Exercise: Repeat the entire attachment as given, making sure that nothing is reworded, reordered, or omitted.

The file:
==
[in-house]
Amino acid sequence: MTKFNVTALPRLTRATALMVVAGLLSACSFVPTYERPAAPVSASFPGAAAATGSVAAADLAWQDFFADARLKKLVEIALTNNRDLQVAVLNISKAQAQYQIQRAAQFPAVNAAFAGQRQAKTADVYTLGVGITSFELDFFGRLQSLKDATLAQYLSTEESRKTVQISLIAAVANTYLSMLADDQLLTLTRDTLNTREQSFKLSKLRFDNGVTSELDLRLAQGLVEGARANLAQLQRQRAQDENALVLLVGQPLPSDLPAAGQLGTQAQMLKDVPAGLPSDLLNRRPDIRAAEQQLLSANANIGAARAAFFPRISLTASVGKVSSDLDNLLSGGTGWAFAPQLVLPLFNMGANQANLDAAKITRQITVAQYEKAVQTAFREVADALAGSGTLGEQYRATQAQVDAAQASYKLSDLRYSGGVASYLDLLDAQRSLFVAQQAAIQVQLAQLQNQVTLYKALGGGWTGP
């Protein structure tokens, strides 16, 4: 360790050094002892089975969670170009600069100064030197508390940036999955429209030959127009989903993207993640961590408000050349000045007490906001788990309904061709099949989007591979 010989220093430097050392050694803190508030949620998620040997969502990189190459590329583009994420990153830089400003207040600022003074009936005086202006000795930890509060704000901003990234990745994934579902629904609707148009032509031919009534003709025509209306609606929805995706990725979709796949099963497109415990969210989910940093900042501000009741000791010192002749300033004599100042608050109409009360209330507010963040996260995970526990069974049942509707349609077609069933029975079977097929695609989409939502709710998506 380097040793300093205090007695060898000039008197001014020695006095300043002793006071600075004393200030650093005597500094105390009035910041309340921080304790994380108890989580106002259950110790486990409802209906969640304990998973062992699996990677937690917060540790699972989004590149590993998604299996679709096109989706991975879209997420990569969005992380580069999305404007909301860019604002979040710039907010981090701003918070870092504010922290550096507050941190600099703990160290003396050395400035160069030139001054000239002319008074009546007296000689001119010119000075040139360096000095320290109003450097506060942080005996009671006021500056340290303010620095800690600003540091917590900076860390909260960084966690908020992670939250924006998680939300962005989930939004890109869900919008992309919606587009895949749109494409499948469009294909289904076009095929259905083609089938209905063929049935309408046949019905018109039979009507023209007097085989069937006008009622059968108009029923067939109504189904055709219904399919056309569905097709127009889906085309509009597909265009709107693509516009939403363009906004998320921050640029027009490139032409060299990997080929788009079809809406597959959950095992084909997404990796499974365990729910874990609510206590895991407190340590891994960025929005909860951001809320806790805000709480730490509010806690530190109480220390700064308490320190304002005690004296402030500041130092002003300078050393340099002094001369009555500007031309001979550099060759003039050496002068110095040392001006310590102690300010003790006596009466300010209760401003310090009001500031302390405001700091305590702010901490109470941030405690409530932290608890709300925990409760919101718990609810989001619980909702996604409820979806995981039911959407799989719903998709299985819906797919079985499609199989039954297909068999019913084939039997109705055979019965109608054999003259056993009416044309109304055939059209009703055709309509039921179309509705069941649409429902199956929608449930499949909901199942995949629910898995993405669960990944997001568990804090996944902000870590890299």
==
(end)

[in-house]
Amino acid sequence: MTKFNVTALPRLTRATALMVVAGLLSACSFVPTYERPAAPVSASFPGAAAATGSVAAADLAWQDFFADARLKKLVEIALTNNRDLQVAVLNISKAQAQYQIQRAAQFPAVNAAFAGQRQAKTADVYTLGVGITSFELDFFGRLQSLKDATLAQYLSTEESRKTVQISLIAAVANTYLSMLADDQLLTLTRDTLNTREQSFKLSKLRFDNGVTSELDLRLAQGLVEGARANLAQLQRQRAQDENALVLLVGQPLPSDLPAAGQLGTQAQMLKDVPAGLPSDLLNRRPDIRAAEQQLLSANANIGAARAAFFPRISLTASVGKVSSDLDNLLSGGTGWAFAPQLVLPLFNMGANQANLDAAKITRQITVAQYEKAVQTAFREVADALAGSGTLGEQYRATQAQVDAAQASYKLSDLRYSGGVASYLDLLDAQRSLFVAQQAAIQVQLAQLQNQVTLYKALGGGWTGP
């Protein structure tokens, strides 16, 4: 360790050094002892089975969670170009600069100064030197508390940036999955429209030959127009989903993207993640961590408000050349000045007490906001788990309904061709099949989007591979 010989220093430097050392050694803190508030949620998620040997969502990189190459590329583009994420990153830089400003207040600022003074009936005086202006000795930890509060704000901003990234990745994934579902629904609707148009032509031919009534003709025509209306609606929805995706990725979709796949099963497109415990969210989910940093900042501000009741000791010192002749300033004599100042608050109409009360209330507010963040996260995970526990069974049942509707349609077609069933029975079977097929695609989409939502709710998506 380097040793300093205090007695060898000039008197001014020695006095300043002793006071600075004393200030650093005597500094105390009035910041309340921080304790994380108890989580106002259950110790486990409802209906969640304990998973062992699996990677937690917060540790699972989004590149590993998604299996679709096109989706991975879209997420990569969005992380580069999305404007909301860019604002979040710039907010981090701003918070870092504010922290550096507050941190600099703990160290003396050395400035160069030139001054000239002319008074009546007296000689001119010119000075040139360096000095320290109003450097506060942080005996009671006021500056340290303010620095800690600003540091917590900076860390909260960084966690908020992670939250924006998680939300962005989930939004890109869900919008992309919606587009895949749109494409499948469009294909289904076009095929259905083609089938209905063929049935309408046949019905018109039979009507023209007097085989069937006008009622059968108009029923067939109504189904055709219904399919056309569905097709127009889906085309509009597909265009709107693509516009939403363009906004998320921050640029027009490139032409060299990997080929788009079809809406597959959950095992084909997404990796499974365990729910874990609510206590895991407190340590891994960025929005909860951001809320806790805000709480730490509010806690530190109480220390700064308490320190304002005690004296402030500041130092002003300078050393340099002094001369009555500007031309001979550099060759003039050496002068110095040392001006310590102690300010003790006596009466300010209760401003310090009001500031302390405001700091305590702010901490109470941030405690409530932290608890709300925990409760919101718990609810989001619980909702996604409820979806995981039911959407799989719903998709299985819906797919079985499609199989039954297909068999019913084939039997109705055979019965109608054999003259056993009416044309109304055939059209009703055709309509039921179309509705069941649409429902199956929608449930499949909901199942995949629910898995993405669960990944997001568990804090996944902000870590890299």